When Chinese survivors of domestic violence summon the courage to go to the police, they often hear one thing: That's a private matter, go home.

That, at long last, may change.

After years of feminist organizing and advocacy, China's legislature this weekend passed a domestic violence law. For those who worked to make it happen, it's a hard-earned victory — an achievement "worth celebrating," according to veteran campaigner Feng Yuan.

At the same time, advocates say, the law is deeply flawed, a sort of field guide to enduring stereotypes and societal blind-spots. It fails to account for sexual violence, for one. And it is silent on the matter of same-sex couples.

"The law is very necessary to combat the epidemic of domestic violence, but there are a lot of problems with this legislation," said Leta Hong Fincher, author of “Leftover Women: The Resurgence of Gender Inequality in China."

"And," she said, "we will have to see how it's enforced."

The law was a long time coming. Women's groups here have for more than a decade campaigned to take domestic violence out of the shadows and into the courts.

Though the problem is widespread, domestic violence has long been treated as a family matter, something to be handled quietly behind closed doors. In recent years, a series of high-profile cases have helped change that, putting pressure on the state to step up.

A Chinese court this year overturned a death sentence in the case of Li Yan, a Chinese woman who killed her physically and sexually abusive husband in 2010. In changing the sentence, the court publicly acknowledged domestic violence as a mitigating factor — a first.

The case of Kim Lee, an American woman violently beaten by her well-known Chinese husband, also caught the country's attention.

In an essay published in the New York Times, Lee remembered sitting at a police station in 2011, badly bruised. Instead of helping her, the police told her to calm down and go home to her husband. “As far as the police were concerned,” she wrote, “no crime had occurred.”

Exasperated, Lee posted pictures of her battered face on Weibo, a popular social media platform. They were quickly re-posted 20,000 times, with people expressing solidarity and sharing their own stories. In 2013, she was granted a divorce on grounds of domestic violence.

Feminist organizing helped spread their stories — it also led to some important changes to the law.

A draft version of the legislation excluded non-married couples, for instance; women's groups spoke out and the draft was changed.

Other suggestions were not adopted. The final law defines domestic violence as "physical, psychological and other harm inflicted by family members with beatings, restraint or forcible limits on physical liberty," according to Xinhua, a state newswire. Though "physical violence" could encompass sexual violence, activists say the absence of the word is worrying — and telling.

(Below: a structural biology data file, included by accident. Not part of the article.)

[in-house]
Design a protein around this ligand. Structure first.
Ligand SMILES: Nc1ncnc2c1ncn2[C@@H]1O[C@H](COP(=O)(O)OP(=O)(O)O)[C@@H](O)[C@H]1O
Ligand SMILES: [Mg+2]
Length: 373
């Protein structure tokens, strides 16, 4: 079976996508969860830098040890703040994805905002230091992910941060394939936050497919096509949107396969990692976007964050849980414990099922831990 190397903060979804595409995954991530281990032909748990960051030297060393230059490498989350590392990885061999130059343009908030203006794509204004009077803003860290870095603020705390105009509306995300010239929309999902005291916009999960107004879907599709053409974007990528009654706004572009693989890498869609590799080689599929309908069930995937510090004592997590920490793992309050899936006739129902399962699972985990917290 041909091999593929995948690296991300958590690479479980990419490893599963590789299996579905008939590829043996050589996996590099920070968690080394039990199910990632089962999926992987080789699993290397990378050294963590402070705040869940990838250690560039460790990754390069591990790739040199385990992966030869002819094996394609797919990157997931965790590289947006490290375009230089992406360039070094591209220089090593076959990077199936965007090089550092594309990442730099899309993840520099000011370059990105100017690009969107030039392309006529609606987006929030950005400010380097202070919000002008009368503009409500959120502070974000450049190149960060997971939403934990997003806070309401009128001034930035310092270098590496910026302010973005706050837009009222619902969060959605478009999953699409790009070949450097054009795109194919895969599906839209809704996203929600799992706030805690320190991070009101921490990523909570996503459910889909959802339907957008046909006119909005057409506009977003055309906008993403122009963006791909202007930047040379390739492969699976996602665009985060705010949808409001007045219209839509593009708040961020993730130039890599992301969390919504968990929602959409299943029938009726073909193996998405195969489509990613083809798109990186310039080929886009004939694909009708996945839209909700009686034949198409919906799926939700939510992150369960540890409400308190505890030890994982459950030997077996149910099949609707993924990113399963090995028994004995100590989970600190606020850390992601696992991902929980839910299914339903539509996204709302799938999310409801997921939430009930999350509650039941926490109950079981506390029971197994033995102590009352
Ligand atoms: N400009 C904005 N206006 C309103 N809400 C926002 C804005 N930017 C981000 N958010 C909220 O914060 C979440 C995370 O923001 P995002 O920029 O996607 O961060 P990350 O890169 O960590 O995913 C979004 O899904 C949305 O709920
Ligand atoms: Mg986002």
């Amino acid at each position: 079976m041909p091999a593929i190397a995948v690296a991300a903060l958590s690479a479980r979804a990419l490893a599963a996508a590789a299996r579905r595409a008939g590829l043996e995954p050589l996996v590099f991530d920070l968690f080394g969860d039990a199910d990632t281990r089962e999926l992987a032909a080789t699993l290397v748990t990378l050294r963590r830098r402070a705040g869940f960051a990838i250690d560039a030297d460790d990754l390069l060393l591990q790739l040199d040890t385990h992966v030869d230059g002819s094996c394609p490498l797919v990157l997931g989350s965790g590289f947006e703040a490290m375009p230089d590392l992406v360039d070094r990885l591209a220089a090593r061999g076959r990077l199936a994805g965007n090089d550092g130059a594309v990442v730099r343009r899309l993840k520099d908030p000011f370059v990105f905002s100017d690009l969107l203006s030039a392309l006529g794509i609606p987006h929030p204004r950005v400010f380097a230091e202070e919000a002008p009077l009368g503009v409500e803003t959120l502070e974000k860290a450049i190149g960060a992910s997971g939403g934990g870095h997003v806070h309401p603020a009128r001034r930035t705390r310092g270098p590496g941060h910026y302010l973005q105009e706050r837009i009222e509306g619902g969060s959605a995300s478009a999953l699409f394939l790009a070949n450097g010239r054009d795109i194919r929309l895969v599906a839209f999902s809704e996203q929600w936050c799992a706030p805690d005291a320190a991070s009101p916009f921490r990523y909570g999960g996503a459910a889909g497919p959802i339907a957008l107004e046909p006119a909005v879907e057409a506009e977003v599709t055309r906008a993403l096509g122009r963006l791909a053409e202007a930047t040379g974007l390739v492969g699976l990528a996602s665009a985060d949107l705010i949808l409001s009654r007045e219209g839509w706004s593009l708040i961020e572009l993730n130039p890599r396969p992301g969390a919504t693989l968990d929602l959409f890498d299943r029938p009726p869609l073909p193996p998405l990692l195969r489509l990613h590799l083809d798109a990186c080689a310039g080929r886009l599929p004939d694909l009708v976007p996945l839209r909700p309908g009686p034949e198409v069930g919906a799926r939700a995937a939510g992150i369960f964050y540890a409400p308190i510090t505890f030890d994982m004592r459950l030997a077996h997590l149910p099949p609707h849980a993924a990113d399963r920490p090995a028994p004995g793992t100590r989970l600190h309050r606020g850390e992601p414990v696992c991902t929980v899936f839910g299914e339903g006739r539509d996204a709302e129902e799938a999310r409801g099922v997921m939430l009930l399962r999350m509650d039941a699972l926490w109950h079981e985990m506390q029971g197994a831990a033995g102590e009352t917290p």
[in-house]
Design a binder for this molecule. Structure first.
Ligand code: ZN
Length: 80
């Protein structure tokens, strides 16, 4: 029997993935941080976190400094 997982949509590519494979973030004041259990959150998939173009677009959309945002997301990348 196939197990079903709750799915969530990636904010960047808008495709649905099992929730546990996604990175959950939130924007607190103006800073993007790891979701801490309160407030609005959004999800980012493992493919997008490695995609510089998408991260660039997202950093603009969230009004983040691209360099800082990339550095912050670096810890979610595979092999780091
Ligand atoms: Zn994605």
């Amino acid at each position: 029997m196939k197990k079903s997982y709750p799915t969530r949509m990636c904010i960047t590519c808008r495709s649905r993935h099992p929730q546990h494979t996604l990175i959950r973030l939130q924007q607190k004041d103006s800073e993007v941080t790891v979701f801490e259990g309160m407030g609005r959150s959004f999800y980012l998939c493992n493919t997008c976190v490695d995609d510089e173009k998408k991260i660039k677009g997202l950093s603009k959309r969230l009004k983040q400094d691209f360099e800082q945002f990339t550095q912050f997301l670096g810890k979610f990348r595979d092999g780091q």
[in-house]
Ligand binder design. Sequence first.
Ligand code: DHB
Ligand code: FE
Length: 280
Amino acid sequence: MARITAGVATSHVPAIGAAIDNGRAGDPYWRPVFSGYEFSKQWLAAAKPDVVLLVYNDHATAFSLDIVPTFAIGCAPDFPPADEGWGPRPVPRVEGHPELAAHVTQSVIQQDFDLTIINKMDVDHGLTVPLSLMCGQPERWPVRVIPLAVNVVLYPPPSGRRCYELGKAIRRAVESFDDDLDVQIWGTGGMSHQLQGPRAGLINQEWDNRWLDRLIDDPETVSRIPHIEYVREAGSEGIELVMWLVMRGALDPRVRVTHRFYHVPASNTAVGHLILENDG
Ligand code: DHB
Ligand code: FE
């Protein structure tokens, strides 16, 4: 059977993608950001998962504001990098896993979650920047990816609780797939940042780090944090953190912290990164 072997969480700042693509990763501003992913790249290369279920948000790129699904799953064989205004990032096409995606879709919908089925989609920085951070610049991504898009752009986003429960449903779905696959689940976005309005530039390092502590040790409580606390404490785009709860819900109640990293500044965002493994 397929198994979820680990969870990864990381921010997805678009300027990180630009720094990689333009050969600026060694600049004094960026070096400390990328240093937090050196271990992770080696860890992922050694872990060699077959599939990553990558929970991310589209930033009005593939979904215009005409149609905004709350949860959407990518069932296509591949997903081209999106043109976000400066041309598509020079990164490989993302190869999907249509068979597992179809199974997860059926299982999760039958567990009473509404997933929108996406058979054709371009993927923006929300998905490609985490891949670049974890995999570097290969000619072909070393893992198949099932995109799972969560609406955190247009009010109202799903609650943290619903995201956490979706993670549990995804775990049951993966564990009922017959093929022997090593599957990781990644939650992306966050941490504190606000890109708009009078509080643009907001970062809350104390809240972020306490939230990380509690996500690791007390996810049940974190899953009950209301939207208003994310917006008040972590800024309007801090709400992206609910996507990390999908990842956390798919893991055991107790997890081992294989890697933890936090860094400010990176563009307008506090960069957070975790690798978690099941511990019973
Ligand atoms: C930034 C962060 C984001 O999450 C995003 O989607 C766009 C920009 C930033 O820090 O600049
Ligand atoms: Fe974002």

In China, as elsewhere, survivors of sexual abuse are wary of speaking out. The law codifies that silence and compounds the stigma surrounding sexual violence, said Lu Xiaoquan, a lawyer at Beijing's Zhongze law firm who has worked on domestic violence cases for 15 years.

"Failing to identify sexual abuse in the law will make it even more difficult for victims to stand up for themselves," he said.

"It implies that people can do whatever they want in intimate relationship and that some sexual offenses might be immune from punishment," agreed Yuan.

The law also makes no mention of same-sex couples — an oversight the government struggled to justify. "As for homosexuals in our country, we have not yet discovered this form of violence, so to give you a certain answer, it can be said that people who cohabit does not include homosexuals," Guo Linmao, an official, told the media.

The law is vague enough to leave room for some of these concerns to be addressed in practice — advocates hope they will. Feminist organizing has helped put the issue on the government's agenda and, with luck, it will guide the implementation of the law, they said.

Lee is hopeful. When she first went public with her story, people told her "This is China"—a phrase that has gone from a "poor excuse" as to why nothing is being done to words used with pride to describe "the power of working together to bring about change," she said in an email.

"Yes, it was a long road and long overdue, but that doesn't mean this law isn't a milestone worth celebrating," she added.

"A national law carries weight. I hope it will be a weight that victims will wield in the fight for their right to violence-free lives."

Xu Jing reported from Beijing.

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